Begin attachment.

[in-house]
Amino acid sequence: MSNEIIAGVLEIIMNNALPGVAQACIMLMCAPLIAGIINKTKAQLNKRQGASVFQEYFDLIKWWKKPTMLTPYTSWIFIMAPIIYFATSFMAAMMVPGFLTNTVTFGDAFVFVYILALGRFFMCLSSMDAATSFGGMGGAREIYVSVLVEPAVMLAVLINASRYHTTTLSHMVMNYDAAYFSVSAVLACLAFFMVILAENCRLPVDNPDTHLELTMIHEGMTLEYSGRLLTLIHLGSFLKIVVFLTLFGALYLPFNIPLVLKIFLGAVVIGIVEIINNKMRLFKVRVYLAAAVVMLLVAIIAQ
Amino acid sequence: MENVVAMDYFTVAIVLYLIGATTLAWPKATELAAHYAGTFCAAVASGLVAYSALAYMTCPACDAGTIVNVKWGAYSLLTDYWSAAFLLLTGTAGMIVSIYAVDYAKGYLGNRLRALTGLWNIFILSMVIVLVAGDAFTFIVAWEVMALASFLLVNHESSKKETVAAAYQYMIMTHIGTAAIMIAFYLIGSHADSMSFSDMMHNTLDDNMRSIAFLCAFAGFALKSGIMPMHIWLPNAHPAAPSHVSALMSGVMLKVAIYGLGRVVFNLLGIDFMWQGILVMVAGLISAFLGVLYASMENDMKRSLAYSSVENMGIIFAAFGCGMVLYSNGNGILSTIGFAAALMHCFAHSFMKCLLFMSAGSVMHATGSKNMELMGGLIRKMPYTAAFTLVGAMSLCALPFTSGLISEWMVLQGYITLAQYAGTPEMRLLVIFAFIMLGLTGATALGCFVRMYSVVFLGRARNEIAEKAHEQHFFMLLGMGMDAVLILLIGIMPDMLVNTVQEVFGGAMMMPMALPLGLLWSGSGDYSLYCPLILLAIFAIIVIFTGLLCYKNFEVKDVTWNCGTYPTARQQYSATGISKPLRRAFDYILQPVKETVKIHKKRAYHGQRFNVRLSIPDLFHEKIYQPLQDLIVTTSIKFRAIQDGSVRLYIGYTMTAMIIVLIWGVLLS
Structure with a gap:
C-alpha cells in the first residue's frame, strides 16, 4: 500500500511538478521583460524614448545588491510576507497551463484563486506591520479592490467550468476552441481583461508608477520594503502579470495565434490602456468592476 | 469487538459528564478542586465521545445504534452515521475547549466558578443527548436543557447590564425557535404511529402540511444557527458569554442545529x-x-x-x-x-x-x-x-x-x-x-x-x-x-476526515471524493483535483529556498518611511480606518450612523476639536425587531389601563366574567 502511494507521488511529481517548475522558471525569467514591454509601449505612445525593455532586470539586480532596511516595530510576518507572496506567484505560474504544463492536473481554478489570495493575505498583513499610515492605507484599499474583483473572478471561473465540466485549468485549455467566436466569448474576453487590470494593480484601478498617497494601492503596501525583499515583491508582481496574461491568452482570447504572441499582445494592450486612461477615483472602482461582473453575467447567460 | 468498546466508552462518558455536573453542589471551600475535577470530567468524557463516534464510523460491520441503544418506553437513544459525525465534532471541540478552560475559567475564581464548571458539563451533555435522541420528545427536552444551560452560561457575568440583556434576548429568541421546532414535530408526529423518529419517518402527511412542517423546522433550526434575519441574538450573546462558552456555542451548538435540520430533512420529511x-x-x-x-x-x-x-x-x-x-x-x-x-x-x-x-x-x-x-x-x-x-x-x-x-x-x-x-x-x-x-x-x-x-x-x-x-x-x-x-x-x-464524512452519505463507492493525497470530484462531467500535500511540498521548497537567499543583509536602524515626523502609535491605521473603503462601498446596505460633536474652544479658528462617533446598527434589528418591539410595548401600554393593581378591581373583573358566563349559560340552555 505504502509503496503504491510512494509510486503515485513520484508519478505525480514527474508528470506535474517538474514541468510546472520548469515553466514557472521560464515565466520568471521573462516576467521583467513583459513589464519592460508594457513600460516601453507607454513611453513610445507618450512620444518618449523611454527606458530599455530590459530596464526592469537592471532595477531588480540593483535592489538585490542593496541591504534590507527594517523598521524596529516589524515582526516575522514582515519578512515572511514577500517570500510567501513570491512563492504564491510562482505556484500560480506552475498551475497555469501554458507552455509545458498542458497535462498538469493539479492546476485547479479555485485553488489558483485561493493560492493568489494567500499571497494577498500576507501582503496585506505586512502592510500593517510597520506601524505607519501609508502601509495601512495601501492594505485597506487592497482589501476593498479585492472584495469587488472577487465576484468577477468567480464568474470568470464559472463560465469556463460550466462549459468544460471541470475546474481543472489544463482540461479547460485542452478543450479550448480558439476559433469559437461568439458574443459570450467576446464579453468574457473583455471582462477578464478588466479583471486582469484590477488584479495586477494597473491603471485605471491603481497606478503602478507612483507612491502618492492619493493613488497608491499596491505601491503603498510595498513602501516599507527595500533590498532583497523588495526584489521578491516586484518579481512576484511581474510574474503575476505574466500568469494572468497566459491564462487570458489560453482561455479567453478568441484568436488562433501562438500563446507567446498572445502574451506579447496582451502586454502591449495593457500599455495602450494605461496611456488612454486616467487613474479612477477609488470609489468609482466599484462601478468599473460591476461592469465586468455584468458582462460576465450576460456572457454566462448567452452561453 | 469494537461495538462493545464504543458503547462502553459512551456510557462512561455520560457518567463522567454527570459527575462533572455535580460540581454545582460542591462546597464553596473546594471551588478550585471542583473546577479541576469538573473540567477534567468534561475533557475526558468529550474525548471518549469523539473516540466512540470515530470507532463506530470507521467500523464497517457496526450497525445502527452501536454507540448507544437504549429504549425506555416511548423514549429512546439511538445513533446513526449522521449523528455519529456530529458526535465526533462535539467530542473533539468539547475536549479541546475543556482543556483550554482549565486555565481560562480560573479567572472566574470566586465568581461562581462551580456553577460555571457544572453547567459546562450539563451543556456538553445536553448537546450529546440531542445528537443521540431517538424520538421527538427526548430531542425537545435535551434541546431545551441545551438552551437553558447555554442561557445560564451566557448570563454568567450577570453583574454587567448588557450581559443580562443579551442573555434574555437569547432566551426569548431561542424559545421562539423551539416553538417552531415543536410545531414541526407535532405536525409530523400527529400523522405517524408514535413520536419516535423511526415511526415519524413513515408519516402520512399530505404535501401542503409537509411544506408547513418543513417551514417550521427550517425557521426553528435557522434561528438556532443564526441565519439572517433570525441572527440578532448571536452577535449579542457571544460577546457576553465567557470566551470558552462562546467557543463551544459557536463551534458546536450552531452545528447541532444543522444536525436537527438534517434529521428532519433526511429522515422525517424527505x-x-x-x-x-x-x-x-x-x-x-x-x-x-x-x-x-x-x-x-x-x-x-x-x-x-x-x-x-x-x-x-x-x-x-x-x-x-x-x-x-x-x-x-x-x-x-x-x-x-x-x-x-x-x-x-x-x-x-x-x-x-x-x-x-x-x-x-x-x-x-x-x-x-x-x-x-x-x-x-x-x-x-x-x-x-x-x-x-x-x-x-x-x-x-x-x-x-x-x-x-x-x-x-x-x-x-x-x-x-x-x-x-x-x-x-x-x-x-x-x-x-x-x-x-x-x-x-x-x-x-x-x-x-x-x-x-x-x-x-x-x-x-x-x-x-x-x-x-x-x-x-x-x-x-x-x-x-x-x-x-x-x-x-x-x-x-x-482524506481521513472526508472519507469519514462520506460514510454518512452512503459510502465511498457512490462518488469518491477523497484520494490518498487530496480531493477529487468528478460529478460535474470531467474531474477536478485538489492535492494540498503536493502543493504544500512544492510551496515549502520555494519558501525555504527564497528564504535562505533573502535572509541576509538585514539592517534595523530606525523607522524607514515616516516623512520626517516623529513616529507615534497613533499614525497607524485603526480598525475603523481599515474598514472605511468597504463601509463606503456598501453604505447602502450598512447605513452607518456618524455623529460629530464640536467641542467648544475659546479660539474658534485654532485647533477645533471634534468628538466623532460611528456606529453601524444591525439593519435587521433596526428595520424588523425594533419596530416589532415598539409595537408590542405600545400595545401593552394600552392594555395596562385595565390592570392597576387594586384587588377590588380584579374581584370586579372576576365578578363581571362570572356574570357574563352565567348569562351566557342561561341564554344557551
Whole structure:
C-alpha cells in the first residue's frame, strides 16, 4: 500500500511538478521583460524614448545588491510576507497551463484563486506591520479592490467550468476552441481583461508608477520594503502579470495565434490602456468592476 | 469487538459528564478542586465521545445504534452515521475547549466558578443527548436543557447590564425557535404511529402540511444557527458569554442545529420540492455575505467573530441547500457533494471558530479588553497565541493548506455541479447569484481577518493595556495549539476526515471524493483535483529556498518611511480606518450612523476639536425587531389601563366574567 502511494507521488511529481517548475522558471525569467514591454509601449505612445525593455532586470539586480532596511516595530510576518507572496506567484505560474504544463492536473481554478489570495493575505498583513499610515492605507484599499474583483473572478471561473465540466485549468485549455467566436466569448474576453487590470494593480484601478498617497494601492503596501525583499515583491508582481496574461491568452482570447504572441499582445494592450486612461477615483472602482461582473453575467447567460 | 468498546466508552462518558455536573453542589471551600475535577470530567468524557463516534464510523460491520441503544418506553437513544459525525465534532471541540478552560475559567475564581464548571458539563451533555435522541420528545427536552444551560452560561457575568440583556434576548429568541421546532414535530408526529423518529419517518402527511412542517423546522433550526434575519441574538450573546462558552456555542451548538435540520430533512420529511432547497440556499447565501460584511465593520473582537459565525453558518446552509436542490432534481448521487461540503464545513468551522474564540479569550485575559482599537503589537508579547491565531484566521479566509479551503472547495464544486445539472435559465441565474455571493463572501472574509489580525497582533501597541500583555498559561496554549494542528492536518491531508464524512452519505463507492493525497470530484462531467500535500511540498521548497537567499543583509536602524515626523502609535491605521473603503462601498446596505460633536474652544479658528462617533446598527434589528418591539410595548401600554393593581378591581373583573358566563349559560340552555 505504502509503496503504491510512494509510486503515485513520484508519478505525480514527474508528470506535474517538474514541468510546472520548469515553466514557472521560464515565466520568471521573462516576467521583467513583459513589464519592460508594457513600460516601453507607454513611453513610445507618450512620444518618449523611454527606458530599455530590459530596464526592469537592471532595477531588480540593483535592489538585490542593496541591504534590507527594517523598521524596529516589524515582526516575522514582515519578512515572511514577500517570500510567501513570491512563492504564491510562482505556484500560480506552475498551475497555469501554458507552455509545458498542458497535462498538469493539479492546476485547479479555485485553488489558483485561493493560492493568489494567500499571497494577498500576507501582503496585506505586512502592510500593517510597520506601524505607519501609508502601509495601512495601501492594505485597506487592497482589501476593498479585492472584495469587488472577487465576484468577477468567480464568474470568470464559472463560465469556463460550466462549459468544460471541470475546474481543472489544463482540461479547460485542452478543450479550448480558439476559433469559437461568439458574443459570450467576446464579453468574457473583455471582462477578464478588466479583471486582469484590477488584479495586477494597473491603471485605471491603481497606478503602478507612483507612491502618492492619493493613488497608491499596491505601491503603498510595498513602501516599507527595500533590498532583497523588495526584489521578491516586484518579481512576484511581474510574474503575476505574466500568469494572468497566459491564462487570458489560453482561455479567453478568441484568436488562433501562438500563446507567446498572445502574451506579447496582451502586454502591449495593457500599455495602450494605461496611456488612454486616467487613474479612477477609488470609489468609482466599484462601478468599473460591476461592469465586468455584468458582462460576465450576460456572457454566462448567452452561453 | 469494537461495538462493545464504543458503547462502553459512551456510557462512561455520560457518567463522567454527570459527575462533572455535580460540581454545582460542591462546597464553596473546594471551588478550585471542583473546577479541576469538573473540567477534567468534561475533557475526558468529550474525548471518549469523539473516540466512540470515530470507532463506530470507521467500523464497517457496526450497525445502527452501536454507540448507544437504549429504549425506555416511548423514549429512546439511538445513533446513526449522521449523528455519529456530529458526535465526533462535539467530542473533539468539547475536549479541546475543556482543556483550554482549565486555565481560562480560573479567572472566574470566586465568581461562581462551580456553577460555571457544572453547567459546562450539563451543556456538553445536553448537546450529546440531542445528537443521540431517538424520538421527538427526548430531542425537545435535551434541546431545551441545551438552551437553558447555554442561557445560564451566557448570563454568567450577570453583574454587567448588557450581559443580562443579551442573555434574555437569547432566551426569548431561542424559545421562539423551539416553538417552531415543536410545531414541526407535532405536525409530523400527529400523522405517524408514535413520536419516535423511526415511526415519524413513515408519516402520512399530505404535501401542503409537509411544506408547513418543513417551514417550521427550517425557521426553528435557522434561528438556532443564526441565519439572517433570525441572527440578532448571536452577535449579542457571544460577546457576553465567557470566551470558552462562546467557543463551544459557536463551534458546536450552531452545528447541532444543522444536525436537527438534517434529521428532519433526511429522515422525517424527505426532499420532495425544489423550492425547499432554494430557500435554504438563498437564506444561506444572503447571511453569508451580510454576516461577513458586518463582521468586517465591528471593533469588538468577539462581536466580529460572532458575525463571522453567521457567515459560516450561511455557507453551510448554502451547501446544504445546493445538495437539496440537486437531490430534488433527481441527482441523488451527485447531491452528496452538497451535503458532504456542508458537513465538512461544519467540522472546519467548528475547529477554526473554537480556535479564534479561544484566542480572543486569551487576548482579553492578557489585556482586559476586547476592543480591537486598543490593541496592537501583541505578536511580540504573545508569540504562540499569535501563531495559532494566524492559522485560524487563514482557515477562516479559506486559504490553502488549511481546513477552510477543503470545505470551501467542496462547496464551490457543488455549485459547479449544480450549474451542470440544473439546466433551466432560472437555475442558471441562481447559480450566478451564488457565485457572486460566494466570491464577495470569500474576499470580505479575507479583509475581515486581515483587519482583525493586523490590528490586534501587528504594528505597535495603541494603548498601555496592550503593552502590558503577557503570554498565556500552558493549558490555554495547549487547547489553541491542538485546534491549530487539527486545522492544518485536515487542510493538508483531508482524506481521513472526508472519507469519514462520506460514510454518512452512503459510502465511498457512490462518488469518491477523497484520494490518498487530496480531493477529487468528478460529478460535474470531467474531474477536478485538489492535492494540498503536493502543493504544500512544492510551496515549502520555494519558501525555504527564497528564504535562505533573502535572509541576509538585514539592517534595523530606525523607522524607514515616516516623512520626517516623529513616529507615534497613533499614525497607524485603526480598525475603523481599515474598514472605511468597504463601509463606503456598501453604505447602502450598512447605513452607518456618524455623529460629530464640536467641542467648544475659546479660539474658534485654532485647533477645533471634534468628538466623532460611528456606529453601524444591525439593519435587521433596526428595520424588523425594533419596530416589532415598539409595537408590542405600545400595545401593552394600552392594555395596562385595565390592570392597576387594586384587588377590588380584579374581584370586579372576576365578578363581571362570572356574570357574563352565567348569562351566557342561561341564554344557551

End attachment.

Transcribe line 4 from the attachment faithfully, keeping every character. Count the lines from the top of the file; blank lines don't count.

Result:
Structure with a gap: